Are negative supply shocks expansionary at the zero lower bound?

In a new paper, Johannes Wieland reports (pdf):

 Standard sticky-price models predict that temporary, negative supply shocks are expansionary at the zero lower bound (ZLB) because they raise inflation expectations and lower expected real interest rates, which stimulates consumption. This paper tests that prediction with oil supply shocks, an earthquake, and inflation risk premia, demonstrating that negative supply shocks are contractionary at the ZLB despite also lowering expected real interest rates. These findings are rationalized in a model with financial frictions, where negative supply shocks reduce asset prices and net worth, translating into larger borrowing spreads so that consumption contracts. In this data-consistent model fiscal stimulus at the ZLB is substantially less effective than in standard sticky-price models.

This accords both with common sense and recent experience.

For the pointer I thank Karl Smith.


The main problem here is that the choice of modelling "government spending", through increased marginal costs being the main driver towards increased inflation expectations, is completely implausible to begin with. Cynically, the only reason for its existence is because Certain Unnamed Prominent New Keynesians want to provide a unified model to defend both temporary fiscal stimulus and certain policies that temporarily increase marginal costs in response to recessions. There is flatly no reason for this to be the case. The core intuition - that shocks to labour wages would add even more uncertainty at a time when the macroeconomic price mechanism is already choking on adjustment problems - demands a financial frictions mechanic, not expectations channel.

Proposal: macro-economists are not allowed to use any models, anymore, anytime, for any purpose. They are also not allowed to use econometric "studies". Get into a room and argue about policy based on whatever opinions you have. Use of some comparative economic history is OK. Come to grips with the fact that you are all biased political scientists playing with matches.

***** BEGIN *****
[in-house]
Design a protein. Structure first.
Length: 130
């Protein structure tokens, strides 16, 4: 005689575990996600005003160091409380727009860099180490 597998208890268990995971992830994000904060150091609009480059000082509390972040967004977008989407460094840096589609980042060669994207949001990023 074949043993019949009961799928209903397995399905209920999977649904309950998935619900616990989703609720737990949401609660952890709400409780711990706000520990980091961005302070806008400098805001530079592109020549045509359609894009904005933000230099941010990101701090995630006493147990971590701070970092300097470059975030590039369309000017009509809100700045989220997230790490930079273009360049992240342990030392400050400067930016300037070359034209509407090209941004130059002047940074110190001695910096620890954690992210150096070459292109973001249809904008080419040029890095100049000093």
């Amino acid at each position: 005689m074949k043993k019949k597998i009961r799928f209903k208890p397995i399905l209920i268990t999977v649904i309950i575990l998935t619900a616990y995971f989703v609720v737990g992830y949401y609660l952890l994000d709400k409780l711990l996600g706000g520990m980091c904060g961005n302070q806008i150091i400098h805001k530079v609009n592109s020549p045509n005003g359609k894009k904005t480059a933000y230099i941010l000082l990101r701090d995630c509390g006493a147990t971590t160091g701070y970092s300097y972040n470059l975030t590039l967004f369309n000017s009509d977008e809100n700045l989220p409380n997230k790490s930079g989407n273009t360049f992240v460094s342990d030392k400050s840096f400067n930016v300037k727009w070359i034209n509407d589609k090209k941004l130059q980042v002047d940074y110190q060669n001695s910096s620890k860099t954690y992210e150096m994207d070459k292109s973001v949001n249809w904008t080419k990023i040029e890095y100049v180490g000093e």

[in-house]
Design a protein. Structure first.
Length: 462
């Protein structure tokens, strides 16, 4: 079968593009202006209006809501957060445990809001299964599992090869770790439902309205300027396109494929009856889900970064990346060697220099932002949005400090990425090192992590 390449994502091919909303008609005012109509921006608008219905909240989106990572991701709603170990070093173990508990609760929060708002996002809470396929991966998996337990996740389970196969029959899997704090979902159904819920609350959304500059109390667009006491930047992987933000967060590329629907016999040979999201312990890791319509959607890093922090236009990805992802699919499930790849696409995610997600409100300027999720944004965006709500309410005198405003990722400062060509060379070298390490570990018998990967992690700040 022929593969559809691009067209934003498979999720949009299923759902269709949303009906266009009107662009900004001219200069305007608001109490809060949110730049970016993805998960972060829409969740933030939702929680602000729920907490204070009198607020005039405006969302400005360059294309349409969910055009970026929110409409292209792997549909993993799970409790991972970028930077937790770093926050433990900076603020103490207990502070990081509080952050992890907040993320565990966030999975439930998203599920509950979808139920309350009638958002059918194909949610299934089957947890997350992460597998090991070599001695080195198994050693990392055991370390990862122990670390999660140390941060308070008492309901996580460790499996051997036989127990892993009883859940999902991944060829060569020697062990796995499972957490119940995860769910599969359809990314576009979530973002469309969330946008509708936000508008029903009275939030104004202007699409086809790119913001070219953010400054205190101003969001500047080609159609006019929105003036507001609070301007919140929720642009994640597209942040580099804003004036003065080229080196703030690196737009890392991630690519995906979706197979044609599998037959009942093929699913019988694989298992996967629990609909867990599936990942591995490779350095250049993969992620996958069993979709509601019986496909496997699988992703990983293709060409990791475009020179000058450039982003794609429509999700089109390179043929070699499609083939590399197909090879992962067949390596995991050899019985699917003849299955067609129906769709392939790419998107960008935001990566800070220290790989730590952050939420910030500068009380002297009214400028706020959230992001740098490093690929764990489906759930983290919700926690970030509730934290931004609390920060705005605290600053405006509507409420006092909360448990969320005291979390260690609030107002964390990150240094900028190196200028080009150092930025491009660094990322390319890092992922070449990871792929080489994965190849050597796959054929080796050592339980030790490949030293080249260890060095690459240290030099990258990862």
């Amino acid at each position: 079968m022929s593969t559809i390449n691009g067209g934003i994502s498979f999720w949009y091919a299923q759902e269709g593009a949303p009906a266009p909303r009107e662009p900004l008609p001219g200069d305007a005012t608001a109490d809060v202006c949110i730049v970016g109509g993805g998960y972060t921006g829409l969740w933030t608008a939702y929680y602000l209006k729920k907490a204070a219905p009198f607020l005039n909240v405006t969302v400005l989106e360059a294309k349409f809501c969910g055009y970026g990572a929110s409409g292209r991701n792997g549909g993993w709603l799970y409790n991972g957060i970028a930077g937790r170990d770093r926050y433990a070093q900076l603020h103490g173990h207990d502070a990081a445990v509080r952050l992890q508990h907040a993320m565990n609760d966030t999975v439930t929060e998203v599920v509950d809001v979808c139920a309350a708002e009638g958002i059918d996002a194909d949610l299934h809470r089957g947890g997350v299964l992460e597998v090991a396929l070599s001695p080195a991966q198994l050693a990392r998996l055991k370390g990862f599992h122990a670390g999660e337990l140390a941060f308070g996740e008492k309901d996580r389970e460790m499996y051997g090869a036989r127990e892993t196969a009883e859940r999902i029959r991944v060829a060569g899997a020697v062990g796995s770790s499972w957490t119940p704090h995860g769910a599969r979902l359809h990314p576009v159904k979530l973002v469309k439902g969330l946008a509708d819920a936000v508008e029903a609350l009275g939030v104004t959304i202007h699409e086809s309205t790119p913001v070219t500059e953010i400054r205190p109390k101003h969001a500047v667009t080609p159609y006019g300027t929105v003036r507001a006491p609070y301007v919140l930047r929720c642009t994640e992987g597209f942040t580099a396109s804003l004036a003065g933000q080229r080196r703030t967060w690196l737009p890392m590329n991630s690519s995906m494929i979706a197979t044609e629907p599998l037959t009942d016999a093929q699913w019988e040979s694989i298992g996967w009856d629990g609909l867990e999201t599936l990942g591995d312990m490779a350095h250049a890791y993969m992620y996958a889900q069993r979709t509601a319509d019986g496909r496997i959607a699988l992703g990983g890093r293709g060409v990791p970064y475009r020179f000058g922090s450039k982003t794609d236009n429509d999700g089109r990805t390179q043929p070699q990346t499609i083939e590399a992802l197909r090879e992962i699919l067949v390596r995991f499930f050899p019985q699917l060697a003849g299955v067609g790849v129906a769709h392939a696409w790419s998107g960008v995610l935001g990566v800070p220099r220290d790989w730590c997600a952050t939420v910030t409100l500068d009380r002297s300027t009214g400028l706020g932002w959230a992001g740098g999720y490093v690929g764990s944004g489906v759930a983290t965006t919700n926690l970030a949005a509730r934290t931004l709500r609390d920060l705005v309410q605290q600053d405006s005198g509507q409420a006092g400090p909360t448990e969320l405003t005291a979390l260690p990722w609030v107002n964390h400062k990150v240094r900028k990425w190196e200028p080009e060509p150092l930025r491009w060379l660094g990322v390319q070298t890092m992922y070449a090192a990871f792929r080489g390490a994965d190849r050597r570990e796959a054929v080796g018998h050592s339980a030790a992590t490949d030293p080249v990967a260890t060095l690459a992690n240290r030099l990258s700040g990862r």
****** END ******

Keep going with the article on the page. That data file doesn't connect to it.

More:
Proposal: CPV is not allowed to use a computer, anytime, for any purpose, because he is an idiot.

In case anyone is interested, John Cochrane posted a rather in depth discussion of this paper:

Bah, I am slowly giving up on any and all NK models. Of course I had also long ago gave up on RBC models.

I now believe the entire concept of general equilibrium in an economy is ridiculously simplified. Once upon a time these models gave simple general rules that explain very large structures. As they get more complicated the assumptions required so that a model is solvable ruins any utility.

This is just post-hoc theorizing with fancy looking math.

"Are negative supply shocks expansionary at the zero lower bound?"

Translation: Can an owner of commodities raise prices by destroying supplies? Can this be done when the rate of interest is zero?

Answer. Yes. Farmers have been doing it for centuries, when they didn't think they were getting a fair price for their wheat, milk, etc. Wall St. banks are the only ones who get to pay zero interest for borrowing from the government. For them the supply of money never experiences a "negative shock." That only happens to those who work for a living.

More evidence that sticky price models are nonsense.

I don't know if anyone else is still interested in this post, but I'm still working on it. The problem is that the Wieland Paper is tough on it's own, and I find that I have to read a number of his secondary sources to see why he's claiming what he claims. These secondary sources are tough too. Added to that, I'm not sure I find the NK Position useful. Added to that, the secondary sources sometime seem to argue against Wieland. Added to that, some I can't get to. However, one issue seems clear to me, so I want to split it out.

I'm not sure that the Japanese Earthquake of 2011 works as an example. In my view, the Government Borrowing/Spending Money is what triggers Inflation Expectations. Raising Taxes, for example, would be Contractionary, in my view. However, the Japanese did something equivalent.
They Cut Salaries where it was easy to do so, as opposed to the harder choice of raising taxes. How this effects the NK Model I'm not sure, but it surely effects mine.

Would Katrina be a Supply Shock?

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I don't really understand the paper but I love this from the abstraction:

"These findings are rationalized in a model"

Refreshingly honest :)

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